Pemphigus vulgaris presenting as painful, diffuse, large oral ulcers on tongue, floor of the mouth, palate and buccal mucosa was seen in 3 postmenopausal patients in the present study. It is usually treated with systemic corticosteroids or immunosuppressive drugs like cyclophosphamide. When skin lesions are also present, pulse therapy is the preferred treatment of choice. It is a known fact that prevalence of burning mouth syndrome is greater among post-menopausal females (12%-33%) [8,9]. In our study the prevalence was (16.5%). However, most dental surgeons or general physicians are unable to diagnose and treat this condition. Thus, patients are often referred from one health care professional to another without effective management. BMS actually refers to a burning sensation that occurs without any clinical signs and mucosa appears absolutely healthy. Most researchers believe that patients diagnosed with BMS have increased excitability of the trigeminal vascular system. Physiological levels of estrogens are neuroprotective in the nigrostriatal dopaminergic system so their decline with menopause explains the age and gender predilection of this disorder. Hence, anticonvulsants and antidepressants are main pharmacological agents used in BMS management (Table 2). Proper administration of conjugated estrogens and medroxyprogesterone acetate may relieve oral symptoms in peri and postmenopausal females.
Idiopathic orofacial pain which includes atypical facial pain, stomatodynia, atypical odontalgia and some forms of masticatory muscle and temporomandibular joint disorder is again an enigmatic pathology like BMS . It is important that in both BMS and idiopathic orofacial pain, symptoms are taken seriously and not dismissed as imaginary. The etiology of this illness is unknown. Hormonal influences and degenerative tissue phenomena usually explain their pathophysiology. It is interesting to note that female sex hormones predispose women to musculo-articular facial pain (during their fertility period) while their absence favors idiopathic orofacial pain (after menopause). Estrogens appear to cause variations in the surface area of peripheral receptive field of trigeminal neurons according to the stage of menstrual cycle. In the present study, idiopathic orofacial pain was reported in 21 patients in the age group of 41 years-60 years and was of dull and continuous type had no paroxysmal character and was difficult to treat even with anticonvulsants and antidepressants. Although few studies have also documented presence of trigeminal neuralgia in postmenopausal females, we did not include this disease in our study group as it has a specific etiology of nerve compression and is common in older age groups.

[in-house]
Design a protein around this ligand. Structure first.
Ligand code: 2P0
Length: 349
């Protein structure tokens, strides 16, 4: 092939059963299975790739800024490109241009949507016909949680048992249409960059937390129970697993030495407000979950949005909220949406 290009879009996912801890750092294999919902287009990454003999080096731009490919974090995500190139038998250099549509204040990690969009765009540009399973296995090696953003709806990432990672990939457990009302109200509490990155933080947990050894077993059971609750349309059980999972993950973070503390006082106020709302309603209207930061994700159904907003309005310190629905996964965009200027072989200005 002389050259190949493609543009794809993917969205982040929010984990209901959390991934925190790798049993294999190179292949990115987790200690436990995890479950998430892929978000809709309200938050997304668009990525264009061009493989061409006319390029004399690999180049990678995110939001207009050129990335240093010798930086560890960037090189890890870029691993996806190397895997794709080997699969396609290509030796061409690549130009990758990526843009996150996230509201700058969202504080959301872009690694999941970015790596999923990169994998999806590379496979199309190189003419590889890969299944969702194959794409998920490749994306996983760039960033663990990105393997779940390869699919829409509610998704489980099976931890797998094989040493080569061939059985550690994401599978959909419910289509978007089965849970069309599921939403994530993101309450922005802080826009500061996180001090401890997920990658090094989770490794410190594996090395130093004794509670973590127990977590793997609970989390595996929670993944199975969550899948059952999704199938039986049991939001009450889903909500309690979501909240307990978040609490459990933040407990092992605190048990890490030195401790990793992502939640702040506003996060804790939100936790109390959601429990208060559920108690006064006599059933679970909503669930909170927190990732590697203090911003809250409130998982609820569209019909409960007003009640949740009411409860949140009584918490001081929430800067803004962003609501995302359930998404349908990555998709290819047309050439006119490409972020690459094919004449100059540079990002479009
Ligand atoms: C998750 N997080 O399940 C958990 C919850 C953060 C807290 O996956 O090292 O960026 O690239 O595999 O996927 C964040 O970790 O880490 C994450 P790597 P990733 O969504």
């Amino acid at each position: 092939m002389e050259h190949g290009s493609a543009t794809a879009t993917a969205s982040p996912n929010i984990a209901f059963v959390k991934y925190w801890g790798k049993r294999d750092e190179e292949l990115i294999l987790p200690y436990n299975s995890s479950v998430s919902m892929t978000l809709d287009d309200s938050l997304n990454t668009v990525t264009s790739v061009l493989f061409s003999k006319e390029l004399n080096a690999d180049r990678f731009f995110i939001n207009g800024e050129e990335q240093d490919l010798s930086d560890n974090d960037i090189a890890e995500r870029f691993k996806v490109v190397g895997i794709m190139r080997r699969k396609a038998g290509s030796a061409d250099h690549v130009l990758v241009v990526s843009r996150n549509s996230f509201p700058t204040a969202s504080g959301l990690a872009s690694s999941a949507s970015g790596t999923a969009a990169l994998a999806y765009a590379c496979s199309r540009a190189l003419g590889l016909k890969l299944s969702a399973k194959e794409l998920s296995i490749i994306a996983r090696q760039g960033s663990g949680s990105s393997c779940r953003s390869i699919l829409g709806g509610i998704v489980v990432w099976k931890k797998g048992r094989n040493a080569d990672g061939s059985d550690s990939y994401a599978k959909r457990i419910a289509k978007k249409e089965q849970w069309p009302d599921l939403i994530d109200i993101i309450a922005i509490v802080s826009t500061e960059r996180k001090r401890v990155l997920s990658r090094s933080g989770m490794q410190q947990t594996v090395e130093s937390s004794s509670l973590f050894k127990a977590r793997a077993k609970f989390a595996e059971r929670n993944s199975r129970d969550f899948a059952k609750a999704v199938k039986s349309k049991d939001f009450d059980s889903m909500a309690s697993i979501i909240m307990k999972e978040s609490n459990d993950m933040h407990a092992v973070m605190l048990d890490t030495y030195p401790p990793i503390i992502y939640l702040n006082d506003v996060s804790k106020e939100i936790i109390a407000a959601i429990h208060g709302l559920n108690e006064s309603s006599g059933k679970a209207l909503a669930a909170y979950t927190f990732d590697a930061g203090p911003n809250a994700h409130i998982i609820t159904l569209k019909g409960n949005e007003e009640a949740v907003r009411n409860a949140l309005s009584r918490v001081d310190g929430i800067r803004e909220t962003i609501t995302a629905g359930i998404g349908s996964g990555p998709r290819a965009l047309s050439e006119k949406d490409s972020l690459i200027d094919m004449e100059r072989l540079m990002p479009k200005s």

Stomatitis (viral, allergic or aphthae) is more common in younger age groups as seen in present study as they have specific etiology and are often treated symptomatically (Table 2). Thus, our study reliably shows that post-menopausal women suffer from several orofacial diseases which are poorly understood by general or oral health professionals. These diseases often require a proper diagnosis and standardized treatment approach. One limitation of our study was due to COVID-19 pandemic and prolonged lockdown, our sample size was small. In future, well-designed clinical studies with a larger sample size should be conducted.
As the menstrual cycle is an important biological stage for every woman in her fertile age, so are the perimenopausal and postmenopausal stages. Most of the signs and symptoms are overlooked due to the lack of education, awareness for women's health, definite guidelines and approaches to the medical fraternity. Menopause being a physiological process leading to various chemical (hormonal) changes in the body of a female as a whole requires a comprehensive approach by various medical and dental specialities. Together we can help our patients to live their senescence period in a healthy and better way. Midlife transition is like sailing a boat through younger seashore to an older end of the sea. Our study tried to focus and include most of the orofacial lesions women in their midlife are suffering with and provide them with appropriate treatment.